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indicator value unit
Population 9.5 mil.
Visitors per year 16 mil.
Renewable energy 35.6 %

How’s Life?

Sweden performs very well in many measures of well-being relative to most other countries in the Better Life Index. Sweden is the top performer in environmental quality, and it ranks above the average in civic engagement, education and skills, work-life balance, health status, subjective well-being, jobs and earnings, housing, and social connections.

Money, while it cannot buy happiness, is an important means to achieving higher living standards. In Sweden, the average household net-adjusted disposable income per capita is USD 29 185 a year, more than the OECD average of USD 25 908 a year. But there is a considerable gap between the richest and poorest – the top 20% of the population earn more than four times as much as the bottom 20%.

In terms of employment, around 74% of people aged 15 to 64 in Sweden have a paid job, above the OECD employment average of 65%. Some 76% of men are in paid work, compared with 72% of women. In Sweden, only 1% of employees work very long hours, one of the lowest rates in the OECD where the average is 13%. About 2% of men work very long hours, compared with 1% for women.

Good education and skills are important requisites for finding a job. In Sweden, 88% of adults aged 25-64 have completed upper secondary education, higher than the OECD average of 75%. This is truer of women than men, as 86% of men have successfully completed high-school compared with 89% of women. In terms of the quality of the educational system, the average student scored 482 in reading literacy, maths and science in the OECD’s Programme for International Student Assessment (PISA), less than the OECD average of 497. On average in Sweden, girls outperformed boys by 20 points, more than the average OECD gap of 8 points.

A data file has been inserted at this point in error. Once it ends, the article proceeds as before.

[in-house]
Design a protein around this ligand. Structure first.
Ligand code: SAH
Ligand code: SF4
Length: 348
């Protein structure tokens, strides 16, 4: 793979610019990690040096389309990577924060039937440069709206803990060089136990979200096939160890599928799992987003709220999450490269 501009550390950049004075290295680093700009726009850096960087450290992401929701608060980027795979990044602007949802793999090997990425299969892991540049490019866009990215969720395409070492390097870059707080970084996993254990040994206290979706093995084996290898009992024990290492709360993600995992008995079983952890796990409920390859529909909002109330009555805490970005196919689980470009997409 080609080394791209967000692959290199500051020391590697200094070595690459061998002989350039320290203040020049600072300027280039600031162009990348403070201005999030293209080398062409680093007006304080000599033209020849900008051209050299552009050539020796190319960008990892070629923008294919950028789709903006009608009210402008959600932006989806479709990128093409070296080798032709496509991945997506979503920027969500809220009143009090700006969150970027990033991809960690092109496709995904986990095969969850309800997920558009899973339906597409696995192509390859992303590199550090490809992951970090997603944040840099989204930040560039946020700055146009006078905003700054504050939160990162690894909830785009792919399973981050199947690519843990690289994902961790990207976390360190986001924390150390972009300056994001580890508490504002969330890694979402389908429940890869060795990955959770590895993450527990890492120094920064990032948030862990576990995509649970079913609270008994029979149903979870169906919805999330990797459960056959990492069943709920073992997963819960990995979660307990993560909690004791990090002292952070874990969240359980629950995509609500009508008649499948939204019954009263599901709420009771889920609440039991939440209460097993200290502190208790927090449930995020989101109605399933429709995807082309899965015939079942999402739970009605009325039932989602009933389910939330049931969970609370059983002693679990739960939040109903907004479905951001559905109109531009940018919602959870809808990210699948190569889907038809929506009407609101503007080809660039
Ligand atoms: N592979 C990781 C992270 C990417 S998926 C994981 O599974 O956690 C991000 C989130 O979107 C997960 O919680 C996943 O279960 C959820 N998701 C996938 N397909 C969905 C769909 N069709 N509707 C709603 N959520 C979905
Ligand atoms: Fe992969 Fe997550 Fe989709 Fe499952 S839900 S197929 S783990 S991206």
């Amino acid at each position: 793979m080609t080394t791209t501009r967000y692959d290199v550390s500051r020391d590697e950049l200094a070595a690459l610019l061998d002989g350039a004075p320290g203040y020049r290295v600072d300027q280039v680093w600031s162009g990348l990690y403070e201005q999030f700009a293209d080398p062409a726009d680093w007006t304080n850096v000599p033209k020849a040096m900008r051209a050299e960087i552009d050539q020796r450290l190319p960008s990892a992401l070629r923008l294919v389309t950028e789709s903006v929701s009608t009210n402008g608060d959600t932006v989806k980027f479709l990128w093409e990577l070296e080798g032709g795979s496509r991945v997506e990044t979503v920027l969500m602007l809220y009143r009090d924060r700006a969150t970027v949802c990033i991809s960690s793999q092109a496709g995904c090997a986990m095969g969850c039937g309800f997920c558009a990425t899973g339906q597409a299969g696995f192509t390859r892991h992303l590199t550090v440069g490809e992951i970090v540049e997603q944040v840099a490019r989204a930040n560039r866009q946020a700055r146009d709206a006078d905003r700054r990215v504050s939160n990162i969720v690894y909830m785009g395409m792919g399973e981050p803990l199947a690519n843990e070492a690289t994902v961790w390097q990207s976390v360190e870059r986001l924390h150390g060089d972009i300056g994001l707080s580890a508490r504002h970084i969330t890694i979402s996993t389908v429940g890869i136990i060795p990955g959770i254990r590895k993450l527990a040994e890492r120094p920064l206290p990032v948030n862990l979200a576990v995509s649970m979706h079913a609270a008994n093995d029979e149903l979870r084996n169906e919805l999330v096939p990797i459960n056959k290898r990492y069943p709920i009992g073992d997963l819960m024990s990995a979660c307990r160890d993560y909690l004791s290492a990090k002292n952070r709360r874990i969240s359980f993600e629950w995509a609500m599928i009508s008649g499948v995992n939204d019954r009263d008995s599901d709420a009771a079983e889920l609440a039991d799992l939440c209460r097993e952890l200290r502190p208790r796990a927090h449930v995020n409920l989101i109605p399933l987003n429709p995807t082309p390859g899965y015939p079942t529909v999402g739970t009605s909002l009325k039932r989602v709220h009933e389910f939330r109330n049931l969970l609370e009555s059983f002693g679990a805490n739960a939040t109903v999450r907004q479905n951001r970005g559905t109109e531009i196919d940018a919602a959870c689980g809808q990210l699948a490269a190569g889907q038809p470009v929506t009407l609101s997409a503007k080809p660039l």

In terms of health, life expectancy at birth in Sweden is almost 82 years, two years higher than the OECD average of 80 years. Life expectancy for women is 84 years, compared with 80 for men. The level of atmospheric PM10 – tiny air pollutant particles small enough to enter and cause damage to the lungs – is 10.2 micrograms per cubic meter in large urban areas, considerably lower than the OECD average of 20.1 micrograms per cubic meter. Sweden also does well in terms of water quality, as 95% of people say they are satisfied with the quality of their water, compared with an OECD average of 81%%, and one of the highest rates in the OECD.

Concerning the public sphere, there is a strong sense of community and high levels of civic participation in Sweden, where 92% of people believe that they know someone they could rely on in time of need, higher than the OECD average of 88%. Voter turnout, a measure of citizens’ participation in the political process, was 86% during recent elections. This figure is higher than the OECD average of 68%. Voter turnout for the top 20% of the population is an estimated 90% and for the bottom 20% it is an estimated 84%, narrower than the OECD average gap of 13 percentage points, and suggests there is broad social inclusion in Sweden’s democratic institutions.

In general, Swedes are more satisfied with their lives than the OECD average. When asked to rate their general satisfaction with life on a scale from 0 to 10, Swedes gave it a 7.2 grade higher than the OECD average of 6.6.

For more information on estimates and years of reference, see FAQ section and BLI database.

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OECD in Action

OECD Environmental Performance Reviews Sweden 2014

This report is the third OECD review of Sweden’s environmental performance. It evaluates progress towards sustainable development and green growth, with a focus on Sweden's longstanding commitment to mitigating emissions of greenhouse gases and its management of marine ecosystem services and water.

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Sweden in Detail